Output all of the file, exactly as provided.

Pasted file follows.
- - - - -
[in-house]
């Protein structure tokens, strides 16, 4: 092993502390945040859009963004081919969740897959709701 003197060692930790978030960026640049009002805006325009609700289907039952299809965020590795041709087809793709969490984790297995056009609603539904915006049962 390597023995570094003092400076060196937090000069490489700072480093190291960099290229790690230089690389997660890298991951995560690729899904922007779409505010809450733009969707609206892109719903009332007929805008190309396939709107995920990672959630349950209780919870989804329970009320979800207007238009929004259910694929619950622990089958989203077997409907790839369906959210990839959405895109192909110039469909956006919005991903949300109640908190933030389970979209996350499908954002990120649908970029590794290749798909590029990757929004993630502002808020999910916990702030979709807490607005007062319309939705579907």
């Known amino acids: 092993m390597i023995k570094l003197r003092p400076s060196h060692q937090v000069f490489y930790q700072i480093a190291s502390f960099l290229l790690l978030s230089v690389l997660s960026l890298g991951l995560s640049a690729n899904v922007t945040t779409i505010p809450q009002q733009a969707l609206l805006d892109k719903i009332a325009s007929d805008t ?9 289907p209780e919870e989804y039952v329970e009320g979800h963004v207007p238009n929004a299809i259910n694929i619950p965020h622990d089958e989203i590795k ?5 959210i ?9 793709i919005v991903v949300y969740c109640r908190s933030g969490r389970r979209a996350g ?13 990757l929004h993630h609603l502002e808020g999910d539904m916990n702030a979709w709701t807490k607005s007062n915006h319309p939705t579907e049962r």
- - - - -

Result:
[in-house]
């Protein structure tokens, strides 16, 4: 092993502390945040859009963004081919969740897959709701 003197060692930790978030960026640049009002805006325009609700289907039952299809965020590795041709087809793709969490984790297995056009609603539904915006049962 390597023995570094003092400076060196937090000069490489700072480093190291960099290229790690230089690389997660890298991951995560690729899904922007779409505010809450733009969707609206892109719903009332007929805008190309396939709107995920990672959630349950209780919870989804329970009320979800207007238009929004259910694929619950622990089958989203077997409907790839369906959210990839959405895109192909110039469909956006919005991903949300109640908190933030389970979209996350499908954002990120649908970029590794290749798909590029990757929004993630502002808020999910916990702030979709807490607005007062319309939705579907």
């Known amino acids: 092993m390597i023995k570094l003197r003092p400076s060196h060692q937090v000069f490489y930790q700072i480093a190291s502390f960099l290229l790690l978030s230089v690389l997660s960026l890298g991951l995560s640049a690729n899904v922007t945040t779409i505010p809450q009002q733009a969707l609206l805006d892109k719903i009332a325009s007929d805008t ?9 289907p209780e919870e989804y039952v329970e009320g979800h963004v207007p238009n929004a299809i259910n694929i619950p965020h622990d089958e989203i590795k ?5 959210i ?9 793709i919005v991903v949300y969740c109640r908190s933030g969490r389970r979209a996350g ?13 990757l929004h993630h609603l502002e808020g999910d539904m916990n702030a979709w709701t807490k607005s007062n915006h319309p939705t579907e049962r």